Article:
The Year of the Woman?

Movie and television critics alike have lauded this as the year of the woman in entertainment (although, to be fair, so were 2009, 2011 and 2012). With critical and commercial successes that featured females in writing, directing and acting roles, it certainly seems that women's Hollywood prospects are less bleak than they were ten years ago... right?

Well, that's rather depressing.
Well, the jury's still out on that, but I think that even if the numbers aren't there, there is something to be said about some 12-year-old girl in Ohio knowing who Lena Dunham, Kathryn Bigelow and Mindy Kahling are by name... and not because of their Maxim spreads. There's something to say about studio heads knowing what they look like behind a camera or running a table read, too. I happen to agree with this Sundance Institute study that found that, a large barrier to equal representation at all levels in Hollywood is a lack of imagination and belief that it's possible on both the women who want to be hired and the old, white men who do the hiring.

That said, is there any point in getting more women on the screen or in the director's chair if the stories they're telling aren't representative of real, fleshed-out human beings? If they're playing on the same decades-old tropes? If the movie or show couldn't pass the Bechdel Test if the whole cast of Bridesmaids showed up for an impromptu Wilson Phillips karaoke sesh?

Or more frighteningly, if all of these problems are eradicated, if a complicated, deep female is presented, but audiences immediately villify her simply because she is female--and doesn't act the way a female is "supposed" to.

Let's examine a short list of women who often appear on "most-hated" female character lists:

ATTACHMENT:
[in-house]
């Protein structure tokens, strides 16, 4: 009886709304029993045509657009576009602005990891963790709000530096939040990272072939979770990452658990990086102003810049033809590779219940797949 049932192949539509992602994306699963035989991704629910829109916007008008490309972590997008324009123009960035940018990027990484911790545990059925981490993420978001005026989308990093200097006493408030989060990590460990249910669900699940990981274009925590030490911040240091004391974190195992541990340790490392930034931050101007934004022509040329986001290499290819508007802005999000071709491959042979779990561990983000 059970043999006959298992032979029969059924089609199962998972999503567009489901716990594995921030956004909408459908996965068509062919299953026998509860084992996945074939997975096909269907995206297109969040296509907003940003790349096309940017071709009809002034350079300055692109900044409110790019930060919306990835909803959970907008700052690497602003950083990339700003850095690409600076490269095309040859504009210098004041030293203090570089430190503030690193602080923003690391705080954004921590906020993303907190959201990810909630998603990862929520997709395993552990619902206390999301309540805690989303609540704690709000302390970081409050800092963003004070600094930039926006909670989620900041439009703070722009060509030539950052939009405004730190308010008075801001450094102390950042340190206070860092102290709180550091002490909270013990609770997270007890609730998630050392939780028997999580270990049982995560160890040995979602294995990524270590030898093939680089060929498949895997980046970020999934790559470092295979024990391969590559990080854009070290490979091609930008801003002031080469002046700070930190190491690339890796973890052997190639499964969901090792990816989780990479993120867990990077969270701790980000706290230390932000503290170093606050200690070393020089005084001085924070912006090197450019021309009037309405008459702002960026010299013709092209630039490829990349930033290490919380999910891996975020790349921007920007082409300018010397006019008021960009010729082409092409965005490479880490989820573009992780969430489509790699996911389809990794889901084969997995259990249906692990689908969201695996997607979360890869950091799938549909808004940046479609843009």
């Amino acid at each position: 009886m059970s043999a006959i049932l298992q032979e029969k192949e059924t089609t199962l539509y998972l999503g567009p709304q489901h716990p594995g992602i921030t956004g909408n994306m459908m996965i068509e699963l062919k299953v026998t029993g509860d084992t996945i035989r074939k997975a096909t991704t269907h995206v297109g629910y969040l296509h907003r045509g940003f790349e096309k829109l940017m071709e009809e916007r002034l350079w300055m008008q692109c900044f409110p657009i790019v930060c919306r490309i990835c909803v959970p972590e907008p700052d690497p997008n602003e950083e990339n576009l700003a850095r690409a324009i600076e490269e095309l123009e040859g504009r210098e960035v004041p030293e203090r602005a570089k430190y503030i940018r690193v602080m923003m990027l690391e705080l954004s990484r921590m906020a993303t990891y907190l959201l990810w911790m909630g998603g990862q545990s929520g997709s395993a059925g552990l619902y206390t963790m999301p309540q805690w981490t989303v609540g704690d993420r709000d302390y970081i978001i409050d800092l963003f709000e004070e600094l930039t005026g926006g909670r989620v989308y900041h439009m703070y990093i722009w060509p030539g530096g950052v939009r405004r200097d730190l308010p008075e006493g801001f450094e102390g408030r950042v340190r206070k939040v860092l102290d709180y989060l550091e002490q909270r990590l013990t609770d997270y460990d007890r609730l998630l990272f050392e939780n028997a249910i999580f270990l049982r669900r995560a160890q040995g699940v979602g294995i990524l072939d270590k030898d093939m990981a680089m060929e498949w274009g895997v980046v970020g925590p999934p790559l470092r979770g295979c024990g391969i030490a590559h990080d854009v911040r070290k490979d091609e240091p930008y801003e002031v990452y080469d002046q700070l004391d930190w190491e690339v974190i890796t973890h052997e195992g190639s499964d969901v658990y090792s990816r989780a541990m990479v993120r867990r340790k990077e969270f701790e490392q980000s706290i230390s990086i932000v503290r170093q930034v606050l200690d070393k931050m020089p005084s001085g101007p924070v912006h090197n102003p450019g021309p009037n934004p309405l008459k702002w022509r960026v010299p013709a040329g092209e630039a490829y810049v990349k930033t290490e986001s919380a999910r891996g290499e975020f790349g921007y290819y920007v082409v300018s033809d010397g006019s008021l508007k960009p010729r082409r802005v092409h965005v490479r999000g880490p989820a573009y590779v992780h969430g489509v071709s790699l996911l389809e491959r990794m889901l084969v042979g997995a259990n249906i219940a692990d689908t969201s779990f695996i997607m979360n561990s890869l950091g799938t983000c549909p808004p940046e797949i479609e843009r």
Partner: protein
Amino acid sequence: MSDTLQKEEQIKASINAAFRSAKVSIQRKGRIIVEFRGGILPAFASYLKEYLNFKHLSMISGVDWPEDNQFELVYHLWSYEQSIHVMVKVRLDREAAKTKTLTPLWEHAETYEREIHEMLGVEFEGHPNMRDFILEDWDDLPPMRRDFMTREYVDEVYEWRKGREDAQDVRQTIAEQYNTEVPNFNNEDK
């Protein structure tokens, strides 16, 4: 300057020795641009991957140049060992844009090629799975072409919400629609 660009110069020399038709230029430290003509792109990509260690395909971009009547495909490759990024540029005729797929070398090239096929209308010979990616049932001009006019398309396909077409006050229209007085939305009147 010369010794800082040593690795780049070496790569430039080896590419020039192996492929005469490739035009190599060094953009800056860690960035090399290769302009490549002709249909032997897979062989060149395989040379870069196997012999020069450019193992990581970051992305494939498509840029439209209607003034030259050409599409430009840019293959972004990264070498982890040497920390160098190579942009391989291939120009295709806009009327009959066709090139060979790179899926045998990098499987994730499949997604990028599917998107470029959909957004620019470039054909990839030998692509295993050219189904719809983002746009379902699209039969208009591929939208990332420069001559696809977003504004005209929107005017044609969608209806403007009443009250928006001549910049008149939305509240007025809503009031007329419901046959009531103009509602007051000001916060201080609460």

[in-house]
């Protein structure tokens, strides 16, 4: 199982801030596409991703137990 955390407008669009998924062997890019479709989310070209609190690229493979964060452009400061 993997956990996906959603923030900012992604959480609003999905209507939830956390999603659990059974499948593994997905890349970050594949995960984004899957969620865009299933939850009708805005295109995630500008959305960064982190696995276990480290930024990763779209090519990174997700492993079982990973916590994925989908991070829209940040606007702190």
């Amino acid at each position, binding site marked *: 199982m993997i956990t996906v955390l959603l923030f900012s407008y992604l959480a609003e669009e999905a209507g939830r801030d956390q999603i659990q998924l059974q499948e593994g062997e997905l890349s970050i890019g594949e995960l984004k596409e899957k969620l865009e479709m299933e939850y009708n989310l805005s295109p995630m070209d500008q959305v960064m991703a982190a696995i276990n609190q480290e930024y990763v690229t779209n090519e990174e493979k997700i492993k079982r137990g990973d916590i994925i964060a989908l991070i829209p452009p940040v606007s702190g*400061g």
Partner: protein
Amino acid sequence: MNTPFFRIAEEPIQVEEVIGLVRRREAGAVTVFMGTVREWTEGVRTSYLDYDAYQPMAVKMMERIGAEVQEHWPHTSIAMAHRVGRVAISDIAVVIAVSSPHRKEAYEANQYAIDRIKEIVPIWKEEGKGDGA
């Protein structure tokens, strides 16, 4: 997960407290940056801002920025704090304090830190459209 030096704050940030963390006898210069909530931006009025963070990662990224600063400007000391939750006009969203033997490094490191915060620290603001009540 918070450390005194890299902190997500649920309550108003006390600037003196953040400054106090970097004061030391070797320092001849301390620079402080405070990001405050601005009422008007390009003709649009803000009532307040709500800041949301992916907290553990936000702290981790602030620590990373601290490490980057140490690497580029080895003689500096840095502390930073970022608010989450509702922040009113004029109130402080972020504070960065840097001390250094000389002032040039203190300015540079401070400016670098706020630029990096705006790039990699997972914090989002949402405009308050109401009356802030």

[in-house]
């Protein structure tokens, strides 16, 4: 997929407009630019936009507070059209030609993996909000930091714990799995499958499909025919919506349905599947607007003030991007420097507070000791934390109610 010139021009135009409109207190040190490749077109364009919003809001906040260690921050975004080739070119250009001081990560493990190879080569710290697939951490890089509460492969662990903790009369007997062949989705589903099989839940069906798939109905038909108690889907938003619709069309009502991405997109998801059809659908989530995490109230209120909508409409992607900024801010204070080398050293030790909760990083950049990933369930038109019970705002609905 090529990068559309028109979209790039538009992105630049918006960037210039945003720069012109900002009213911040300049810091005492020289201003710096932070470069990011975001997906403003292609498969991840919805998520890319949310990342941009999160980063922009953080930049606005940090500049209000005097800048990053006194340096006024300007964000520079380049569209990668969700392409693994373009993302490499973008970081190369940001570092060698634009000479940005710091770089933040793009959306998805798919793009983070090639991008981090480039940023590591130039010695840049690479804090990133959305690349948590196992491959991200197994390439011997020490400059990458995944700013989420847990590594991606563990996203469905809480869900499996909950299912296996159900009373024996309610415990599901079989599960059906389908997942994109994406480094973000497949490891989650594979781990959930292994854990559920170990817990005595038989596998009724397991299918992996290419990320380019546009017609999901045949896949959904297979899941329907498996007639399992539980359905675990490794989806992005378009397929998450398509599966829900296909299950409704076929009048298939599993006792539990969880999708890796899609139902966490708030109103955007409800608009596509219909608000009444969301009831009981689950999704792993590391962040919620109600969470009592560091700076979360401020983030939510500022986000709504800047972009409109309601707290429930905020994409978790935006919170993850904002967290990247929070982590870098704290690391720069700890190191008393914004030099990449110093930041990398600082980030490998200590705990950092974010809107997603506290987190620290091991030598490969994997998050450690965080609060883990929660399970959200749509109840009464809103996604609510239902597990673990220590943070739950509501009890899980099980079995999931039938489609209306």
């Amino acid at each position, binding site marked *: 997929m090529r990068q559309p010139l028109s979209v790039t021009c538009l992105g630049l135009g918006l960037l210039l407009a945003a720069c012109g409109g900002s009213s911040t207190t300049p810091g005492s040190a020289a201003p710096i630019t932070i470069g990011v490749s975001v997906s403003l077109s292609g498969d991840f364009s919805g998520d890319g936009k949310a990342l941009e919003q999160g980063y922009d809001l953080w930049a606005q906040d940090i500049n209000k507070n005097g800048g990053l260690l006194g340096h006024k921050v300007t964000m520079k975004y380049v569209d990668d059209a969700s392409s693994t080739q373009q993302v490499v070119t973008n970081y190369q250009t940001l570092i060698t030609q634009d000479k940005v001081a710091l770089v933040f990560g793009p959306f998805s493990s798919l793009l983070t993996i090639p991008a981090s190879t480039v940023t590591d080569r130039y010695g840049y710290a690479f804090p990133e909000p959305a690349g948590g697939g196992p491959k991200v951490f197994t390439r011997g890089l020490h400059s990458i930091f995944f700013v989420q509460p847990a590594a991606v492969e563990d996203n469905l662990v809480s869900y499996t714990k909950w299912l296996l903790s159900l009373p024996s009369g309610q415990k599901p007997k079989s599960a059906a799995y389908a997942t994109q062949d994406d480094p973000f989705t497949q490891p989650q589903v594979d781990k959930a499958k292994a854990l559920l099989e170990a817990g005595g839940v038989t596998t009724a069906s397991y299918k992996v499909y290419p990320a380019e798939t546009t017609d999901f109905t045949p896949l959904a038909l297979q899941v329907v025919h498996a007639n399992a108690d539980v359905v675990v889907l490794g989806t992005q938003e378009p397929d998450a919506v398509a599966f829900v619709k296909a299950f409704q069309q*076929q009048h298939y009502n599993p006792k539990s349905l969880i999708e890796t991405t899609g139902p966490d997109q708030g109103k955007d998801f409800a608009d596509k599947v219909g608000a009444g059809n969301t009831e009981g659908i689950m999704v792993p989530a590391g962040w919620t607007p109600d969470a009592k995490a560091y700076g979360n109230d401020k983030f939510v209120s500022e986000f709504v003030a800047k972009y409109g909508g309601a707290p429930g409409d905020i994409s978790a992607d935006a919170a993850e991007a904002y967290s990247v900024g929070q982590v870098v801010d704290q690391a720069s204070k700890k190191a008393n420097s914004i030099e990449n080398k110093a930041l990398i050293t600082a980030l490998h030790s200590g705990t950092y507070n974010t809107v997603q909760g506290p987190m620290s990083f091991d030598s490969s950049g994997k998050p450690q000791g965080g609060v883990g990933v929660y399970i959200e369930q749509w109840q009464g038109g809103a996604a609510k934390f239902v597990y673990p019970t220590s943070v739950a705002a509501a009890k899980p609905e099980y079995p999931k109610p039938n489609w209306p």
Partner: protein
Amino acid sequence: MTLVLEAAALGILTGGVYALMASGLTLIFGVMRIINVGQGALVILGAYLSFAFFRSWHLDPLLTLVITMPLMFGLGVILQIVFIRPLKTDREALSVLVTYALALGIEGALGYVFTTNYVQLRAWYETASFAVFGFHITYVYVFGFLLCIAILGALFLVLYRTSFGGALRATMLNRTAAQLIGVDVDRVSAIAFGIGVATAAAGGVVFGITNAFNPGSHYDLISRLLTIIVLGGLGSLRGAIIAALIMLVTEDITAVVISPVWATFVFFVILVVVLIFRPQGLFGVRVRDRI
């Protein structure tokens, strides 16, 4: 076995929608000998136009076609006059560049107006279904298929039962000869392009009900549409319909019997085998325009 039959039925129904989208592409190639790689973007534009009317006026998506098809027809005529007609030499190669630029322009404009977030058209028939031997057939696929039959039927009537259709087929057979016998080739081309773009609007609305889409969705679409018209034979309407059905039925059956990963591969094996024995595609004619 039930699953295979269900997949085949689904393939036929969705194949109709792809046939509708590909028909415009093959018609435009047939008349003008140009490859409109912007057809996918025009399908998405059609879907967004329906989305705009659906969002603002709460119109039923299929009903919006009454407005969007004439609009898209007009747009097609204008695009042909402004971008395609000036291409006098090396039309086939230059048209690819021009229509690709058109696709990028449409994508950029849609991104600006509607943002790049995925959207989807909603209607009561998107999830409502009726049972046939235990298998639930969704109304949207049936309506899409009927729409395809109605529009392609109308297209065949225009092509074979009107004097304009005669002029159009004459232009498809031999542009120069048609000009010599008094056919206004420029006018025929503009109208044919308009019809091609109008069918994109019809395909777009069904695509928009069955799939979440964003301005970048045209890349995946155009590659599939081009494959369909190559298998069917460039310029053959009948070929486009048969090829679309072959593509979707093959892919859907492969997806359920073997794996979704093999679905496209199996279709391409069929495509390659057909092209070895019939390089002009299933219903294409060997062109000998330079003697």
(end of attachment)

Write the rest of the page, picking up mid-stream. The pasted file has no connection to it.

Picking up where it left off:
1. Skyler White--Breaking Bad 

Offenses:  Standing up for herself and the safety of her child against her murderous, drug kingpin husband. Complaining when she is made to be an accomplice in said crimes. Asking that firearms not enter her home. Honestly, Anna Gunn, the woman behind the character lays the whole thing out far better than I ever could.

2. Kate Austen-- Lost

Offenses: Insisting that she have some agency in her rescue from an increasingly dangerous mystery island. Choosing to sleep with two men in a 7-year period. "Thinks she's always right"... on a show that included one of the most pushy, self-imposed saviors ever to grace a TV screen.

3. Carrie Bradshaw--Sex and the City

Offenses: Having the audacity to make romantic mistakes. Cheating on a nice guy!!! Having protected, consensual sex.

4. Betty Draper Francis--Mad Men

Offenses: Caring about appearances in a time when beauty was a woman's strongest cultural capital. Complaining about absentee husbands. Being a less-than-exemplary mother.

5. Margaret Schroeder--Boardwalk Empire

Offenses: Feeling torn between Catholic piety and monetary advantage. Fretting about her disabled child. Criticizing her philandering, sexist, violent husband.

The point I'm trying to make is not that these characters aren't guilty of these offenses. They surely are. But don't we all have flaws? Isn't it nice to see women presented as fully formed human beings, capable of making mistakes--even when those mistakes fly in the face of them being perfect mothers or wives or damsels in distress?

And most importantly, why are these WOMEN so resoundingly lambasted for their character flaws when they are each paired with faulted male counterparts? (Two murderers/drug dealers, a self-righteous self-appointed Jesus figure, two serial cheating absentee partners.) Why are we so unsettled to see a female make a mistake or be annoying or eschew perfection when we are fascinated by men in the same roles.

I suppose the best we can hope for is that the 12-year-old girl in Ohio, the one who thinks the dream of being a director/producer/writer in Hollywood is possible, avoids all of these internet forums all together and creates another generation of flawed and fabulous women--and perhaps by the time she grows up it will be OK to concurrently have a vagina and be imperfect.

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